Blog Post: Reflections on the AU Reforms and Youth Engagement Webinar

Unpacking the African Union Reforms: A New Dawn for Africa?

The AU Reforms process, which began in 2017, have yet to fully integrate the voices of African Citizens, including the youth. To bridge this gap, On the 5th of April, 2024,  ISLA and the Co-conveners, the Institute for Human Rights and Development in Africa (IHRDA), Synergia Initiatives for Human Rights, the Centre for Human Rights at the University of Pretoria,  and the Robert F Kennedy Human Rights (RFK) hosted a  virtual webinar on Zoom in collaboration with the Amazon Leadership Initiative and CHEVS. The Webinar focused on the critical need for inclusive youth participation in the ongoing African Union (AU) reforms process.

The Need for Engaging Youth

Africa is home to the world’s youngest population, with about 40% under the age of 15. Yet, the ongoing AU Reforms process has largely overlooked this vibrant demographic. The AU’s approach has traditionally been state-centric, often sidelining the direct input of its citizenry, particularly the youth. This oversight is especially concerning given the reforms’ potential repercussions on human rights protections and governance within the continent.

A Response to Exclusion

The webinar on AU Reforms and Youth Engagement kicked off with an energetic start by Rachel Okoronko from the Amazon Leadership Initiative, who served as the moderator. Participants from across Africa shared their excitement and readiness to engage in a discussion that promises significant implications for the continent’s future.

African youth from across Africa convened on Zoom to delve into the ongoing reforms of the AU, a pivotal series of modifications aimed at enhancing the functionality and impact of the AU. Initiated in 2017, these reforms build on a legacy of structural changes that trace back to the establishment of AU’s predecessor, the Organization of African Unity in 1963. Originally designed to promote unity and foster international cooperation, the organization has continually evolved to meet the emerging challenges of an independent Africa.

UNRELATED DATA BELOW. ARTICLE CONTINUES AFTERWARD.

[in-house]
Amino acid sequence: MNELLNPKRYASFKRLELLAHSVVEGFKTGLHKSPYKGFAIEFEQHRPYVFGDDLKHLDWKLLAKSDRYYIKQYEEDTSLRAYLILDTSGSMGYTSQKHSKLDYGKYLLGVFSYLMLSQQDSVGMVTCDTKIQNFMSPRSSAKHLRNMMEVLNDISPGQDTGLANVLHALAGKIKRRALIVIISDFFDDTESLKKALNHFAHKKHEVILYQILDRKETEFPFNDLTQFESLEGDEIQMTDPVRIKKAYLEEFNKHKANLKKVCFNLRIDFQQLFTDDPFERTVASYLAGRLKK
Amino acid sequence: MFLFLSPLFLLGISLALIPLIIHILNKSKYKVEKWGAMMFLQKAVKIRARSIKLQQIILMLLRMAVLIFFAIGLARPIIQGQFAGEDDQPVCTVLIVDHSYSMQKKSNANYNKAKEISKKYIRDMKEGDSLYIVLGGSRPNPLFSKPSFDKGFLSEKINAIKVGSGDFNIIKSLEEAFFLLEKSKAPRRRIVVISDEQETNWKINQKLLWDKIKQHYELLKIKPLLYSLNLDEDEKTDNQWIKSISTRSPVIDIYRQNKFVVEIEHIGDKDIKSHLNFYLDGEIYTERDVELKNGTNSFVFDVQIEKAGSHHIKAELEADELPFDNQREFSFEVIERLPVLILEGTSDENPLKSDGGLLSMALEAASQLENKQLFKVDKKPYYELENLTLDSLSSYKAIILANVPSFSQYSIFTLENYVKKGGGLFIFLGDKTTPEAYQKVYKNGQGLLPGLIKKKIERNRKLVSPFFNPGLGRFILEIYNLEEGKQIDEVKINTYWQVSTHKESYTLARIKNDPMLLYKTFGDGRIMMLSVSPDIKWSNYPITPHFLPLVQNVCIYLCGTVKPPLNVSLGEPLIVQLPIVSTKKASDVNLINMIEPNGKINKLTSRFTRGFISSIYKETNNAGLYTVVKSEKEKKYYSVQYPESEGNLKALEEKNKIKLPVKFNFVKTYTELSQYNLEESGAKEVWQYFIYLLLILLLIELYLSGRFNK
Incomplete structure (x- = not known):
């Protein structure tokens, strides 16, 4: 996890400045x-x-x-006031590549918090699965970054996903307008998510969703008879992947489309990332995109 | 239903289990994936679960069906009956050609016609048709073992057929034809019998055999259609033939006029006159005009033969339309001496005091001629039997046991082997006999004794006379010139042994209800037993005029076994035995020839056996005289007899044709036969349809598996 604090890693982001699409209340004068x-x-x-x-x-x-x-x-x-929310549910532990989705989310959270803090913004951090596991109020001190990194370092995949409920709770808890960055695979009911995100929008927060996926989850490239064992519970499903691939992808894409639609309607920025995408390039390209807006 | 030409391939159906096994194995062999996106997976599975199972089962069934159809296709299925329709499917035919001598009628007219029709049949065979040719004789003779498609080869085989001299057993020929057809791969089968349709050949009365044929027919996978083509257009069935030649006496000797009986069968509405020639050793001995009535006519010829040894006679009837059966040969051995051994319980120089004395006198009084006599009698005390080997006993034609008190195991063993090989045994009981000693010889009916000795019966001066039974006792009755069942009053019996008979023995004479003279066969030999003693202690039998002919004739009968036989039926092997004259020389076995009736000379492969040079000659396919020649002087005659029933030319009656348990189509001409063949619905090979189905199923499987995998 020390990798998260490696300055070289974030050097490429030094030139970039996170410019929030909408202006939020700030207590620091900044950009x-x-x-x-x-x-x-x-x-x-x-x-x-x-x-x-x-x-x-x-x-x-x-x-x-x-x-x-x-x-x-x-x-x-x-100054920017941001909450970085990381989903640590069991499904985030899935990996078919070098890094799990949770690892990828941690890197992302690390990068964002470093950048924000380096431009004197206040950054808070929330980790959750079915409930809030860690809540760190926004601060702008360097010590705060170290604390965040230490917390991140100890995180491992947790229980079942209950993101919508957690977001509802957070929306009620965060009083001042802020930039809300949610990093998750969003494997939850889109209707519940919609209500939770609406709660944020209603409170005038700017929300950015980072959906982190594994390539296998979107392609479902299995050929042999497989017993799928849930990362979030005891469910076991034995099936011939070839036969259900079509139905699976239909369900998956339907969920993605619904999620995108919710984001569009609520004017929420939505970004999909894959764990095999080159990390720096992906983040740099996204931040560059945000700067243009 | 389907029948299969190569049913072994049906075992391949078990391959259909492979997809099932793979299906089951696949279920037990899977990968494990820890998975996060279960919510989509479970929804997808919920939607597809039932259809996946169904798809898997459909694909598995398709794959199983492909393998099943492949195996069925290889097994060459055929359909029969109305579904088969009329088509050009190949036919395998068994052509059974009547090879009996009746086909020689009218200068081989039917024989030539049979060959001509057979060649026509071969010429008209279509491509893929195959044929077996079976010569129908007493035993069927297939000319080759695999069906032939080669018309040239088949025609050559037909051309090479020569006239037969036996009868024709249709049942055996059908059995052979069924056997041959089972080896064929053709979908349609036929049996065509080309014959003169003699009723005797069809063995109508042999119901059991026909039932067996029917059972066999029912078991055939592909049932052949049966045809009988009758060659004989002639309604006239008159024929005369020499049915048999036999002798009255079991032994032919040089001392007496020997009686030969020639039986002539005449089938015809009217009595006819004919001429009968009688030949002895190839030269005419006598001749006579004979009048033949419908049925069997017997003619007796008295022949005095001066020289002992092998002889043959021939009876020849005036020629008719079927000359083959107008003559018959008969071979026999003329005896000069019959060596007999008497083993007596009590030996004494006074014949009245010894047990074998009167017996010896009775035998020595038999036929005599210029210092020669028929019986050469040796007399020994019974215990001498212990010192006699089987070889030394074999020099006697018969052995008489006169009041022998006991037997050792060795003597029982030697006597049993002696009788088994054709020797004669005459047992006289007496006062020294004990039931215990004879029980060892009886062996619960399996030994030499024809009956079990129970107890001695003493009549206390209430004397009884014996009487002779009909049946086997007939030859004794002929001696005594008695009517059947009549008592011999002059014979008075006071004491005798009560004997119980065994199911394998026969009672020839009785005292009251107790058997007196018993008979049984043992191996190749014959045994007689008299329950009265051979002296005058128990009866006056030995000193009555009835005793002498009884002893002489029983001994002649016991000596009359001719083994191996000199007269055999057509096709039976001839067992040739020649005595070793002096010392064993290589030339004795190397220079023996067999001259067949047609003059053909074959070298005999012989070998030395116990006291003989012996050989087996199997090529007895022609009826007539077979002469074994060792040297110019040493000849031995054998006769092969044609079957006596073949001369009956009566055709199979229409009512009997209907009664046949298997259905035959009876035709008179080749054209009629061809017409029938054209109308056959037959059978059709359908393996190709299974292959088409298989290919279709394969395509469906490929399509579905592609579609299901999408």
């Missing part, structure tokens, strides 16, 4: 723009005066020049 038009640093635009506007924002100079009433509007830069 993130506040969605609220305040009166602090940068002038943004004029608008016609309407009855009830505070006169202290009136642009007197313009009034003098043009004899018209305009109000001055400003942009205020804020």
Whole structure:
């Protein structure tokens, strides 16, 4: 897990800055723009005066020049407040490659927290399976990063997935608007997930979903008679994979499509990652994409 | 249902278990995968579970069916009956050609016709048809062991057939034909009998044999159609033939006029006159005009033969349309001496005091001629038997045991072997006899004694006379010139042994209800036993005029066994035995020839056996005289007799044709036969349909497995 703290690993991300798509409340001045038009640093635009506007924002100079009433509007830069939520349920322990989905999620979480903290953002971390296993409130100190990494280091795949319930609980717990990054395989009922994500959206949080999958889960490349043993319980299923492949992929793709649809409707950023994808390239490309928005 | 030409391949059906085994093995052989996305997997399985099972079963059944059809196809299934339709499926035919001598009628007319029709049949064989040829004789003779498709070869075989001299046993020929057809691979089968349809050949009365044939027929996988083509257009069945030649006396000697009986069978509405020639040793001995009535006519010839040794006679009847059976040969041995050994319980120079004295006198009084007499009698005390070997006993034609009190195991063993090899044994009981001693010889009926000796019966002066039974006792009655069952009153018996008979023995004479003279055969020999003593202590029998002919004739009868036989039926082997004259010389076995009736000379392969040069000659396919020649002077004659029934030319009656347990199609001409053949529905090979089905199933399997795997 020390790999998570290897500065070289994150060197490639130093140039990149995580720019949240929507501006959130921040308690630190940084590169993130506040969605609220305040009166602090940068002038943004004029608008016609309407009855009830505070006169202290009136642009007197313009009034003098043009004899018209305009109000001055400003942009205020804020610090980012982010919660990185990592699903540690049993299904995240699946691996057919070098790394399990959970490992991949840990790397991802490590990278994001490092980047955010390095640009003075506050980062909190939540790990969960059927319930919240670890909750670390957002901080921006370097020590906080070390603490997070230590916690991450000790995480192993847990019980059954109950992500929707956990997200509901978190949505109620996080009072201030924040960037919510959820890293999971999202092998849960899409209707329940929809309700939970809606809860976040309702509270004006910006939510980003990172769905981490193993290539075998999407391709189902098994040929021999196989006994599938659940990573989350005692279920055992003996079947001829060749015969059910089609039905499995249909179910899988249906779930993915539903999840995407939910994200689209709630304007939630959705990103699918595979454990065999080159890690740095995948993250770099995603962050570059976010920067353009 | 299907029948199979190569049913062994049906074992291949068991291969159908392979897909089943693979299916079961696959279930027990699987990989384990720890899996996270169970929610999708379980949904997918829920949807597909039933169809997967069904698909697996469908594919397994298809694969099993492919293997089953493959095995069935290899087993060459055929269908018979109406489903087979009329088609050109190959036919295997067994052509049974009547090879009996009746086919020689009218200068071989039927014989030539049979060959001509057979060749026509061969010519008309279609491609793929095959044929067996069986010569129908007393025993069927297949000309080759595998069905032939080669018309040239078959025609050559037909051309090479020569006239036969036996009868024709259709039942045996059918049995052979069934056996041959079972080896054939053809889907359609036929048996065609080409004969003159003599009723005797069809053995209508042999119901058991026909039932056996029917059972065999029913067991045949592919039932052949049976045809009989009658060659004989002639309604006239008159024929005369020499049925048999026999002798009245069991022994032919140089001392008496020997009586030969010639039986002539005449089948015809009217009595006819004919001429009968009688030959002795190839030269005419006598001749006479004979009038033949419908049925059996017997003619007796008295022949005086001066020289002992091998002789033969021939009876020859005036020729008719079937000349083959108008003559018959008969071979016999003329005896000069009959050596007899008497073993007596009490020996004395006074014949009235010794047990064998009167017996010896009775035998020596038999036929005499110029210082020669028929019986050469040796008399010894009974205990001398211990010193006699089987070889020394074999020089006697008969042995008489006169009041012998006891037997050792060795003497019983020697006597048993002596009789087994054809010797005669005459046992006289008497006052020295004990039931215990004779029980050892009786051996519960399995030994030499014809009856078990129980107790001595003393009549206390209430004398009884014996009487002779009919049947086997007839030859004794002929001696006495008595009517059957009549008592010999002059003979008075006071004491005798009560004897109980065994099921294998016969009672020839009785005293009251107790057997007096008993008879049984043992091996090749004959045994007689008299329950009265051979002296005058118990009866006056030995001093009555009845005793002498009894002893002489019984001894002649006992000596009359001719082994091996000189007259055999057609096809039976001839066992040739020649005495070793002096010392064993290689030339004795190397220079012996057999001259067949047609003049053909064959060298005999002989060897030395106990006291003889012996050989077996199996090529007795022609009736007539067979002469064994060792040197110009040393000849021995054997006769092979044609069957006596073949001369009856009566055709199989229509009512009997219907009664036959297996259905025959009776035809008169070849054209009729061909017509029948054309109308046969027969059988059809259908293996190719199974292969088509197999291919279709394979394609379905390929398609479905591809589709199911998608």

Understanding the AU Reforms:

Mai Aman, a legal officer at the Initiative for Strategic Litigation in Africa (ISLA) laid the historical context of the African Union reforms, which have been ongoing since the transformation from the Organization of African Unity in 2000. The focus then shifted to the current reform initiative that started in 2017, Mai highlighted several critical areas under review: 

  1. Streamlining AU Priorities: The focus has been narrowed to essential sectors such as peace and security, political affairs, economic integration, and global representation.
  2. Institutional Realignment: There’s an ongoing adjustment of AU institutions to better address these priorities efficiently.
  3. Connecting with Citizens: Efforts are being intensified to bolster the AU’s engagement with African citizens, thereby enhancing its relevancy and responsiveness.
  4. Operational and Financial Management: The reforms aim to improve the managerial effectiveness and financial autonomy of the AU, reducing reliance on external funding sources.

The process has concentrated on restructuring the African Union Commission and refining operational methods of AU policy organs. However, significant work remains, particularly around the normative frameworks and powers of the AU’s human rights mechanisms which are facing the risk of being weakened by the proposed reforms.